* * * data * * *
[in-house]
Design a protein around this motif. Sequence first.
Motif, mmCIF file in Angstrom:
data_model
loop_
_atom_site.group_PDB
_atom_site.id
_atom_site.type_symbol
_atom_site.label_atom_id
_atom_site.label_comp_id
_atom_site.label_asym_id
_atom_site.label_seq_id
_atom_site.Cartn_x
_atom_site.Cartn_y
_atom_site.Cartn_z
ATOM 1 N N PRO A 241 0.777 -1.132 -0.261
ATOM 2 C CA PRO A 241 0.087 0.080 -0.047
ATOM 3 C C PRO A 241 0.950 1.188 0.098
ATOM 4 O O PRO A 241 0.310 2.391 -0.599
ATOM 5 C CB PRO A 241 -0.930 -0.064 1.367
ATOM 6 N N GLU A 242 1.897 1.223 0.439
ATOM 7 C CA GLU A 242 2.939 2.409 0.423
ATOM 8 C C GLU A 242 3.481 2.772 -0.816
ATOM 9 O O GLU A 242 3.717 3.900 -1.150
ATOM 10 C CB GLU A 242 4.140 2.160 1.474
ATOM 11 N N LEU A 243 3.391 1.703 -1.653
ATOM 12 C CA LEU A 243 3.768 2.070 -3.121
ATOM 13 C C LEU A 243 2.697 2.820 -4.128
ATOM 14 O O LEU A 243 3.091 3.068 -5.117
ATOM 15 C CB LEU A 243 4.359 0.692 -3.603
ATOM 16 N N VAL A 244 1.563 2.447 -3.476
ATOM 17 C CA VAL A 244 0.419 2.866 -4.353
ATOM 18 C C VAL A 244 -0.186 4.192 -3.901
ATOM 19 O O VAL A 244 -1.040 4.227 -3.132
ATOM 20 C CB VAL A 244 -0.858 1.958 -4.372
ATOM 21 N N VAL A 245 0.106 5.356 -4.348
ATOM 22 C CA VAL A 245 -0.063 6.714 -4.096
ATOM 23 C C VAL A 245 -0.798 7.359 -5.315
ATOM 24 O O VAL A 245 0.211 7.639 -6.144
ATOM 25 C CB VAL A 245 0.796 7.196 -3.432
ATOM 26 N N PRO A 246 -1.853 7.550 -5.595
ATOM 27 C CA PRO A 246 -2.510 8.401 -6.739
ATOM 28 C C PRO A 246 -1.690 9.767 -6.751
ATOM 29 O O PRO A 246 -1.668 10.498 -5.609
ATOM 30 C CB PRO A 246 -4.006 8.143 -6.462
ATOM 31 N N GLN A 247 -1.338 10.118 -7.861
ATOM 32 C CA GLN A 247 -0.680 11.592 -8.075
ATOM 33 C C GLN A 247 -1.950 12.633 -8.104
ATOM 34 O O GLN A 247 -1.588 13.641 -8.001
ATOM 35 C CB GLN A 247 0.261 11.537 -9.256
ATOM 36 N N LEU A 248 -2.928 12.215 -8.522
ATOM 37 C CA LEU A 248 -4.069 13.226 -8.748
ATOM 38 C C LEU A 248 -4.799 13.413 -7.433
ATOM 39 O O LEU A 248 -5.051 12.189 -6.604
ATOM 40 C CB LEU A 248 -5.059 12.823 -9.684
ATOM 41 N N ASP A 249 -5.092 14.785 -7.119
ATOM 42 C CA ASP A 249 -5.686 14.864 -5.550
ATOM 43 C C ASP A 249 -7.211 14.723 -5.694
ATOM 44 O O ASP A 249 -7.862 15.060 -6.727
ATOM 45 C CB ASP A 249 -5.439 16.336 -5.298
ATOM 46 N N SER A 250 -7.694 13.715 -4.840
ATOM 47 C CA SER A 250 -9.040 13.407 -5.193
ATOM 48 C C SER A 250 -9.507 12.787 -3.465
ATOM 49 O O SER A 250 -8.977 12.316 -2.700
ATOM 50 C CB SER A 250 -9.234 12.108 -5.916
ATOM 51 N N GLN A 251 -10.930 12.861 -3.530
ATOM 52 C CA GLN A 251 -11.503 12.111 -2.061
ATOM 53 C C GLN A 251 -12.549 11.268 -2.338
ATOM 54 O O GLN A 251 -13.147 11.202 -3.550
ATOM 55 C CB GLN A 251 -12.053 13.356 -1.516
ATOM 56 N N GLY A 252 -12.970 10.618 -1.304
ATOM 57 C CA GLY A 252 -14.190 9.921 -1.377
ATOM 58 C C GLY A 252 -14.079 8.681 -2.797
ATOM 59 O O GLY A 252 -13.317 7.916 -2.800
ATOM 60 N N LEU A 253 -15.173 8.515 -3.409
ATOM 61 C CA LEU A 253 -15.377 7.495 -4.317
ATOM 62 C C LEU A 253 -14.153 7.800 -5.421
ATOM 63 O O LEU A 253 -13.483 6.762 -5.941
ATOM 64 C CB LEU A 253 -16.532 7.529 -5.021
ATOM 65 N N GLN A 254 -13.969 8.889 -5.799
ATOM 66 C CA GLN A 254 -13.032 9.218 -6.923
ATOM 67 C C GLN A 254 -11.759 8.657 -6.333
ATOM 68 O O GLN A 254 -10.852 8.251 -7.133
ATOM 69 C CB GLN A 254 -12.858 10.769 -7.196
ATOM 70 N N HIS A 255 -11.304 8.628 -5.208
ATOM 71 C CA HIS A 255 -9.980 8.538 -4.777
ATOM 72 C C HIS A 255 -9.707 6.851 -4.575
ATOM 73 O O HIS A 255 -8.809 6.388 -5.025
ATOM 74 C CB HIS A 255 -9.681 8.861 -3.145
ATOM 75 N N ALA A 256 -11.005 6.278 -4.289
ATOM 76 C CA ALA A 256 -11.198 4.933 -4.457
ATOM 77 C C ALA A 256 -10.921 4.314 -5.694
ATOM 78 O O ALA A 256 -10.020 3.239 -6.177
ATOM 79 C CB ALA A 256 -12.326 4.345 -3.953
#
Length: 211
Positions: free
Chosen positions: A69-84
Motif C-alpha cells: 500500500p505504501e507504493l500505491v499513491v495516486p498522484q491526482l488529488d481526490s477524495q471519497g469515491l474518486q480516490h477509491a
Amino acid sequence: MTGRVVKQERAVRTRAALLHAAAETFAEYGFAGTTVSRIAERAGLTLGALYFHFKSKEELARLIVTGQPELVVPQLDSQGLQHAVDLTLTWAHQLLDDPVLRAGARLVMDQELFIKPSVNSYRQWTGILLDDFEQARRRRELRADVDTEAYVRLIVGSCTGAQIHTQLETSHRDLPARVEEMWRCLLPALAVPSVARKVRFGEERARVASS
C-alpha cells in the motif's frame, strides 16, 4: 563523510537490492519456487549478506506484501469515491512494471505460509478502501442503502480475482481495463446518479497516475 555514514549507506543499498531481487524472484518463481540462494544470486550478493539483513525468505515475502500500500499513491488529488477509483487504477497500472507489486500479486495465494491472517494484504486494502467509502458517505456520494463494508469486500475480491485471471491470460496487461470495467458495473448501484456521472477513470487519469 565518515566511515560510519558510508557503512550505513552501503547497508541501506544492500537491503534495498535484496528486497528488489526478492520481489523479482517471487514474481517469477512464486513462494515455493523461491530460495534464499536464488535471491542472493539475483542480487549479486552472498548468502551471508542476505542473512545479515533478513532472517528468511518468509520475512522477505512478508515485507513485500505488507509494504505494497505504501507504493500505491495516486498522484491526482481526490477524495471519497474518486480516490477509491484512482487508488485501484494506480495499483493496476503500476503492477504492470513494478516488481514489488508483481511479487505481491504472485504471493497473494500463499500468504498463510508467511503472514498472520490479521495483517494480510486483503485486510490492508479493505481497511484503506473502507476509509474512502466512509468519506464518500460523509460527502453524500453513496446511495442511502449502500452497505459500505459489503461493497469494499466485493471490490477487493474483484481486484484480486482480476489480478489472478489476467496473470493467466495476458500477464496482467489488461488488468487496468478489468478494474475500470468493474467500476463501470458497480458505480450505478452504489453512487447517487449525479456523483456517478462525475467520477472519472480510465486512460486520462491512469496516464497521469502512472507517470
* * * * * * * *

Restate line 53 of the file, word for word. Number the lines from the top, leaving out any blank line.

ATOM 38 C C LEU A 248 -4.799 13.413 -7.433